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MacBytes
Nov 4, 2004, 09:16 AM
Category: Mac OS X
Link: The Pirates\' Truth Behind The Mac OS X Transition - An Untold Tale (http://www.macbytes.com/link.php?sid=20041104101627)
Posted on MacBytes.com (http://www.macbytes.com)

Approved by Mudbug

[mod note] discussion of warez and how to obtain them is not allowed on our site - anyone linking to illegal means of obtaining software will be met with an instant and permanent ban from our forums. That being said, there is a lot of discussion that can take place about this that doesn't have to lead to illegalities. Please - just watch yourselves, and if something is out of line, report it.

thanks - Mudbug [/mod note]

iMeowbot
Nov 4, 2004, 09:34 AM
I know that there are some very public and relatively simple ways to obtain this stuff, so what's the deal with all the cloak and dagger business? Is this all more of a game-like thing, kind of like a MUSH, than a serious attempt to distribute software?

Einherjar
Nov 4, 2004, 10:42 AM
Don't submit this crap, guys.

Horribly written article from some people that definitely weren't in the scene back in the day.

I want my 5 minutes back.

Earendil
Nov 4, 2004, 12:10 PM
Actually, as someone who WAS in the scene, though not behind the curtain, that article sums it up very well, though perhaps in simple words. Hotline servers, if not used for FanClub type sites, are still today locked doors where you have to jump hoops to gain access.

~Tyler

Santaduck
Nov 4, 2004, 03:08 PM
(mudbug: I think I haven't mentioned anything unmentionable, but if I did, just delete it)

I was curious:
1) how did apple x-net decide that their 'inside contact' was for real? Possibly the author knew someone in the inside by being in the inside themselves.

2) was the contact's claim that they were, among other things, adobe & yahoo employees just rhetoric (as in "we are not teenagers"), or literal?

a) It's plausible: on a smaller scale I've seen it was very common for Mac/PC service techs to have access to illegitimate resources, for example to help them with repairing software setups of legitimate customers who had simply lost or didn't bring along their original CDs & manuals (with SN#s printed on them). It certainly makes sense that yahoo/adobe employees would dip into that pond on an individual basis, but it seems rather risky if they are current employees, rather than ex-employees.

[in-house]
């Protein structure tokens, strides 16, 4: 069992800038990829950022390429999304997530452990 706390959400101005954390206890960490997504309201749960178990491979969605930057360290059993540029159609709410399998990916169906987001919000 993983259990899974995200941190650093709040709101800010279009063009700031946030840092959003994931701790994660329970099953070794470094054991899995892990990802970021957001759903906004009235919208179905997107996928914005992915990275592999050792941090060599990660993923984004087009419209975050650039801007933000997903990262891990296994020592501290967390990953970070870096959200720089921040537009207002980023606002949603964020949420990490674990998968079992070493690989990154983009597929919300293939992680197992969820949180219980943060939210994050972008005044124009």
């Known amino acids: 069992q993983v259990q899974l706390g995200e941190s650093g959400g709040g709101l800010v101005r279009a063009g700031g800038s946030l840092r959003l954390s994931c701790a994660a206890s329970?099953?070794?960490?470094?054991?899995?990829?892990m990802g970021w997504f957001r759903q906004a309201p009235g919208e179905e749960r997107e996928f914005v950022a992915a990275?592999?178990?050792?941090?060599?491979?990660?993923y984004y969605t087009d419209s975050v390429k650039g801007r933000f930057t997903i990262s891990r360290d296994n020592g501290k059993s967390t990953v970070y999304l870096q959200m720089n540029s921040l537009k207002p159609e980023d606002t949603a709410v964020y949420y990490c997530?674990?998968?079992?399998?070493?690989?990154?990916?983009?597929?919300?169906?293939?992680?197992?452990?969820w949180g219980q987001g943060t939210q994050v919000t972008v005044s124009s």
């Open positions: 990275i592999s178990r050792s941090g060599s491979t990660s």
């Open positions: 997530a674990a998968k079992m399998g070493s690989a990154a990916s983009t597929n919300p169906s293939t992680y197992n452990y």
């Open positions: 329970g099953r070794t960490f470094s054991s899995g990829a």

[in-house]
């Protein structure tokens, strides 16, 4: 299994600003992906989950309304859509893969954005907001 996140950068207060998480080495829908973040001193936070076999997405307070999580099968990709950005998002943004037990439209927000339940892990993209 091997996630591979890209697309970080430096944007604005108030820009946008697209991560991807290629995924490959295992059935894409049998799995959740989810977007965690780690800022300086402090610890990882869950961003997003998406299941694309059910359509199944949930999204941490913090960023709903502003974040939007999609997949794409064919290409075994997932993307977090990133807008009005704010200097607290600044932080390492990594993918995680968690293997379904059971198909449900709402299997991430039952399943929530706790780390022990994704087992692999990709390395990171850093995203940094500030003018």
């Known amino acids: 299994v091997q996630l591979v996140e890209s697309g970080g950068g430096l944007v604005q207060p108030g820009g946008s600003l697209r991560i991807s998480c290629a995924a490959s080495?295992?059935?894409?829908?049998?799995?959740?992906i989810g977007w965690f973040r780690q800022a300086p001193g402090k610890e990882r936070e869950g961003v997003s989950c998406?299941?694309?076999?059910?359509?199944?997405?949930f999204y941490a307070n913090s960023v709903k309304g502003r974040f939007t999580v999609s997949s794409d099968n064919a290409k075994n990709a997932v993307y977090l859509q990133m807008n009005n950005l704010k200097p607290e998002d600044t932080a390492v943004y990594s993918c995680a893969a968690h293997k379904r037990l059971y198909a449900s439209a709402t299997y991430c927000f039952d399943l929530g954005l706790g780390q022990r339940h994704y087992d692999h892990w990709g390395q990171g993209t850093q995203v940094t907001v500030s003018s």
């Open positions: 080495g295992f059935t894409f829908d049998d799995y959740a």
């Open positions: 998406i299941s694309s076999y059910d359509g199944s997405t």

3) I have read news articles that according to ISPs tracking P2P traffic within their systems, indicate that Bittorrent was rapidly becoming the biggest protocol for what is likely to be piracy. Is there any reason to believe Mac pirating follows a different trend from windows in this regard?... because the article certainly de-emphasized the significance of P2P.

a) For example, P2P "success" depends on a large base of user peers, which is easy with a large community (windows), and more difficult in a comparatively tiny community (mac). Perhaps he was claiming that p2p is not yet important on mac for that reason.

b) The article seems to hint that seems that piracy is more common on the windows side; this certainly seems to be true when comparing the mac & pc acquaintances that I know. Is it because it is easier for casual users to discover how to do it, AND to actually get what they want?

Finally:

4) The most interesting point to me was when the author claimed:

The transition from os 9 to os X was very expensive, and that fact helped drive mac software piracy to a higher level.

Einherjar
Nov 4, 2004, 08:39 PM
Actually, as someone who WAS in the scene, though not behind the curtain, that article sums it up very well, though perhaps in simple words. Hotline servers, if not used for FanClub type sites, are still today locked doors where you have to jump hoops to gain access.

~Tyler

It was that way from late '99 on, when it was ported to Windows.

Hotline isn't worth it anymore (wasn't worth it past '01) with BT and KDX. Adam Hinkley was **** on and from then on, it just wasn't the same. HLC has been crashy bloatware for years.

It was a poorly written article with little detail.

The guy just went to Freaky's site and talked to 'a bud that was in the scene' and decided to write a basic article that ends up being little but filler.

Abstract
Nov 4, 2004, 10:12 PM
How is it filler for someone who didn't know this existed?

I learned something.

Einherjar
Nov 4, 2004, 10:28 PM
How is it filler for someone who didn't know this existed?

I learned something.


Damn you and your Puss n Boots icon with that post... :-D

I feel all guilty now--but I still hold firm that the article is crap--I feel like writing one to put in more of a substanced look.

Santaduck
Nov 5, 2004, 01:24 PM
ah ok, someone submitted a new bittorrent traffic article to macbytes:
http://in.tech.yahoo.com/041103/137/2ho4i.html

presumably most of this traffic is illicit.